Consumer Products

The BBC pens a new imprint with Penguin

Just because the children's book division at BBC Worldwide has shut down doesn't mean Bob the Builder, the Teletubbies and the Fimbles will go unpublished. Penguin has just created the BBC Children's Publishing imprint to accommodate these and all other kids brands that have an on-air home on the U.K.'s public broadcaster.
June 1, 2004

Just because the children’s book division at BBC Worldwide has shut down doesn’t mean Bob the Builder, the Teletubbies and the Fimbles will go unpublished. Penguin has just created the BBC Children’s Publishing imprint to accommodate these and all other kids brands that have an on-air home on the U.K.’s public broadcaster.

Sally Floyer, managing director at Penguin, will head up the new venture, which will initially focus on expanding the reach of BBC’s brands through the publisher’s international imprints. Penguin will own 75% of the division, overseeing development, production, distribution, sales and marketing on a global scale. The imprint is not taking on original work; instead, it’s working exclusively on brands that originate in-house at the BBC or at an independent studio that has signed over ancillary rights to BBC Worldwide.

BBC Children’s Publishing will also dip into the Beeb’s vast archive of programming to launch new book lines in cases where the pubcaster holds the rights. These could include some non-fiction titles based on kids magazine show Blue Peter and educational mainstays such as Blue Planet and Walking with Dinosaurs. ‘We would bring Dorling Kindersley, our sister imprint, into the joint-venture for these projects because it’s all about illustrated non-fiction for children,’ Floyer adds.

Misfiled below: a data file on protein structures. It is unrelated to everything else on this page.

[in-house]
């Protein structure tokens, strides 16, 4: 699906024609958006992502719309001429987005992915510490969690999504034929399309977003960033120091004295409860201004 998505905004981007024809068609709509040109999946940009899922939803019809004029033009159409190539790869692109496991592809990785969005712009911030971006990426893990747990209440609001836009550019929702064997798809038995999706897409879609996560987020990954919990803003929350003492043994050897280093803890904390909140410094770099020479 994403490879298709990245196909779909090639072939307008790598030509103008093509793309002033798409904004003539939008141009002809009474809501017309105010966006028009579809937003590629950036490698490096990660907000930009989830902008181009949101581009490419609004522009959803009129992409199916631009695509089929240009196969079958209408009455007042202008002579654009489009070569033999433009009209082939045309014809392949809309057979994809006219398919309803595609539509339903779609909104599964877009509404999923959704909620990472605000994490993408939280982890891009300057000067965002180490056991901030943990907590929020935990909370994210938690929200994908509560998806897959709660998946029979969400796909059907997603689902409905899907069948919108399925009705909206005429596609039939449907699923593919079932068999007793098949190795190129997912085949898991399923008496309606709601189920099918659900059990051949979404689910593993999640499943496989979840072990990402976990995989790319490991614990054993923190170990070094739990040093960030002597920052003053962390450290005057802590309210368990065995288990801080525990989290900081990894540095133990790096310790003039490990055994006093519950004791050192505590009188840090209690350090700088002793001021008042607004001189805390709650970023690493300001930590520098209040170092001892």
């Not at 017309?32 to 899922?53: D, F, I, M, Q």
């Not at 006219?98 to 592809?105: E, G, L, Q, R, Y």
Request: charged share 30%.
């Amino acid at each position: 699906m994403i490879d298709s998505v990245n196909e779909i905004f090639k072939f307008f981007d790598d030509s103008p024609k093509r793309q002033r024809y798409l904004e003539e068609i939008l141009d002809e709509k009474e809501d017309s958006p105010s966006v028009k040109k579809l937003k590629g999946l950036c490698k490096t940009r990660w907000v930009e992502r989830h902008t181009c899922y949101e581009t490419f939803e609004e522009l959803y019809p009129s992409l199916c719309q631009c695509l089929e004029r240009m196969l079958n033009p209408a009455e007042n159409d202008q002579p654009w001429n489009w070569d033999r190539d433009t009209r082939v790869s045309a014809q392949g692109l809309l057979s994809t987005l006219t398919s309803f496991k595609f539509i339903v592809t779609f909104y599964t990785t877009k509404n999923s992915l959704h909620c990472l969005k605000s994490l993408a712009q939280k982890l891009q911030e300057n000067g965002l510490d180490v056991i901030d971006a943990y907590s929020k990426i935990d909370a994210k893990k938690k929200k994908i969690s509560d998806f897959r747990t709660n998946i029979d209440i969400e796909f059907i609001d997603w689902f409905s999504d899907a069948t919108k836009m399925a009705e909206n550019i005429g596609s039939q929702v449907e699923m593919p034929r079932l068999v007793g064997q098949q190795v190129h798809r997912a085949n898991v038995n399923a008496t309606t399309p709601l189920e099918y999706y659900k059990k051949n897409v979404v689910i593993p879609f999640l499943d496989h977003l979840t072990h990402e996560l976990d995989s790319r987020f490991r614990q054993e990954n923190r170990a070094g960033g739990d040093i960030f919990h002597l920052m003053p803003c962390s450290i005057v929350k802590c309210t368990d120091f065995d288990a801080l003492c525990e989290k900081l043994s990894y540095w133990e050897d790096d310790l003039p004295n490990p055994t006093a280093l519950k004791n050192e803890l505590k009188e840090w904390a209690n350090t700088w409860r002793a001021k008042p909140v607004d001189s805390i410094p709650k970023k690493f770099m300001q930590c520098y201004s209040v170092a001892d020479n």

Helen McAleer, head of children’s at BBC Worldwide, expects this imprint to kickstart activity in North America, given that Penguin can share formats and ideas with its sister publisher in New York, Penguin Group Inc.’s Grosset & Dunlap. Floyer says she will be talking with both PGI, the BBC and rights owners about opportunities to launch a State-side book line for Tweenies, which airs in the U.S. on Noggin but has yet to debut there in book form.

HIT Entertainment’s head of publishing, Katie Price, says the imprint should help revitalize some of HIT’s biggest book lines, including Bob the Builder, Pingu and Rubbadubbers. Penguin, BBC Worldwide and HIT will soon sit down to map out a new publishing gameplan, and Floyer says revamped ranges for these properties could roll out as early as fall 2004.

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